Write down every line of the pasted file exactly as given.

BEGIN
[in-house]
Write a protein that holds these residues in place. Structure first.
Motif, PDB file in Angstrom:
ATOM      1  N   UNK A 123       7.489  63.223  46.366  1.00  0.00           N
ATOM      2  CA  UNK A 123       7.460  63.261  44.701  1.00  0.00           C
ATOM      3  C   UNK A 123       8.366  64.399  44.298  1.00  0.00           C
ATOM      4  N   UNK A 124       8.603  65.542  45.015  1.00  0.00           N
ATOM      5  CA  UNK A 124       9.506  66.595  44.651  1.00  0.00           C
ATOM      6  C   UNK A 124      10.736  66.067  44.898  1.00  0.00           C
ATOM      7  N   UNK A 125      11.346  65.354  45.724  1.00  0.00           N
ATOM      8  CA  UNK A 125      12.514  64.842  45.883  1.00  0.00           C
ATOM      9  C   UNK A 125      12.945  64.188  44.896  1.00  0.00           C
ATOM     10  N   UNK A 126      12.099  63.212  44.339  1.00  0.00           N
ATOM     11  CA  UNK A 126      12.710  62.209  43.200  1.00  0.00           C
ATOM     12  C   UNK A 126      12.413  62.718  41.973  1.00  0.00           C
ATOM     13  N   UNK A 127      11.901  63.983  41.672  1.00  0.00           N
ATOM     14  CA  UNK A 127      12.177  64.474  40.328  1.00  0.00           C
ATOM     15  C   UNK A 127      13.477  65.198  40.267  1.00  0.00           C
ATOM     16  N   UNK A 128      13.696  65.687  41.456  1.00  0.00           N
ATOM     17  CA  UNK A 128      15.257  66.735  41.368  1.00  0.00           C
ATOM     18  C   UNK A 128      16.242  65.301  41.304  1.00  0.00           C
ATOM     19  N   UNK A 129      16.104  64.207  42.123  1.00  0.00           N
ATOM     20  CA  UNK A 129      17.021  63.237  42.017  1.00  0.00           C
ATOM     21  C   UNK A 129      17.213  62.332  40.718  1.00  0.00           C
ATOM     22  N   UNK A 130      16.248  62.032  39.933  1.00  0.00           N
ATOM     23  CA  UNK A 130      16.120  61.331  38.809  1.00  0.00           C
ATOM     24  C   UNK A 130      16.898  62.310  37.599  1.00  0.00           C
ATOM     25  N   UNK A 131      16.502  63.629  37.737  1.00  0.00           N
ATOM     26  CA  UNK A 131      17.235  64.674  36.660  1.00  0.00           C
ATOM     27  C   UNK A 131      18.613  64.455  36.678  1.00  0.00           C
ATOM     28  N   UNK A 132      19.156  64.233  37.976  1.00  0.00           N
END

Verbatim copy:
[in-house]
Write a protein that holds these residues in place. Structure first.
Motif, PDB file in Angstrom:
ATOM      1  N   UNK A 123       7.489  63.223  46.366  1.00  0.00           N
ATOM      2  CA  UNK A 123       7.460  63.261  44.701  1.00  0.00           C
ATOM      3  C   UNK A 123       8.366  64.399  44.298  1.00  0.00           C
ATOM      4  N   UNK A 124       8.603  65.542  45.015  1.00  0.00           N
ATOM      5  CA  UNK A 124       9.506  66.595  44.651  1.00  0.00           C
ATOM      6  C   UNK A 124      10.736  66.067  44.898  1.00  0.00           C
ATOM      7  N   UNK A 125      11.346  65.354  45.724  1.00  0.00           N
ATOM      8  CA  UNK A 125      12.514  64.842  45.883  1.00  0.00           C
ATOM      9  C   UNK A 125      12.945  64.188  44.896  1.00  0.00           C
ATOM     10  N   UNK A 126      12.099  63.212  44.339  1.00  0.00           N
ATOM     11  CA  UNK A 126      12.710  62.209  43.200  1.00  0.00           C
ATOM     12  C   UNK A 126      12.413  62.718  41.973  1.00  0.00           C
ATOM     13  N   UNK A 127      11.901  63.983  41.672  1.00  0.00           N
ATOM     14  CA  UNK A 127      12.177  64.474  40.328  1.00  0.00           C
ATOM     15  C   UNK A 127      13.477  65.198  40.267  1.00  0.00           C
ATOM     16  N   UNK A 128      13.696  65.687  41.456  1.00  0.00           N
ATOM     17  CA  UNK A 128      15.257  66.735  41.368  1.00  0.00           C
ATOM     18  C   UNK A 128      16.242  65.301  41.304  1.00  0.00           C
ATOM     19  N   UNK A 129      16.104  64.207  42.123  1.00  0.00           N
ATOM     20  CA  UNK A 129      17.021  63.237  42.017  1.00  0.00           C
ATOM     21  C   UNK A 129      17.213  62.332  40.718  1.00  0.00           C
ATOM     22  N   UNK A 130      16.248  62.032  39.933  1.00  0.00           N
ATOM     23  CA  UNK A 130      16.120  61.331  38.809  1.00  0.00           C
ATOM     24  C   UNK A 130      16.898  62.310  37.599  1.00  0.00           C
ATOM     25  N   UNK A 131      16.502  63.629  37.737  1.00  0.00           N
ATOM     26  CA  UNK A 131      17.235  64.674  36.660  1.00  0.00           C
ATOM     27  C   UNK A 131      18.613  64.455  36.678  1.00  0.00           C
ATOM     28  N   UNK A 132      19.156  64.233  37.976  1.00  0.00           N